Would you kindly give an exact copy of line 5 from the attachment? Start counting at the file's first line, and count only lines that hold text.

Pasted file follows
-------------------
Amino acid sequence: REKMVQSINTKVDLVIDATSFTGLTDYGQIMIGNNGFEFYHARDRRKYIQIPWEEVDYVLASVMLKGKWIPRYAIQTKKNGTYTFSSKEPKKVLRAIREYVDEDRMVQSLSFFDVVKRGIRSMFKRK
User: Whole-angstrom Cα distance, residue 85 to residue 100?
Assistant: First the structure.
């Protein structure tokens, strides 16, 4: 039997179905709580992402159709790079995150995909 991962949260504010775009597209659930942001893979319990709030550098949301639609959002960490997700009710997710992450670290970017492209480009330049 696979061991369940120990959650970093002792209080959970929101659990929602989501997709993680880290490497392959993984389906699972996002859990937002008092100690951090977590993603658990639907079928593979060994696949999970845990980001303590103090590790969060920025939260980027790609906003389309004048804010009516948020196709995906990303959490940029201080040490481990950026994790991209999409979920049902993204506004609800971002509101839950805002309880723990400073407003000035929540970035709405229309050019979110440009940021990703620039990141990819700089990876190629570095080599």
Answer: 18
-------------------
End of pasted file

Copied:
Answer: 18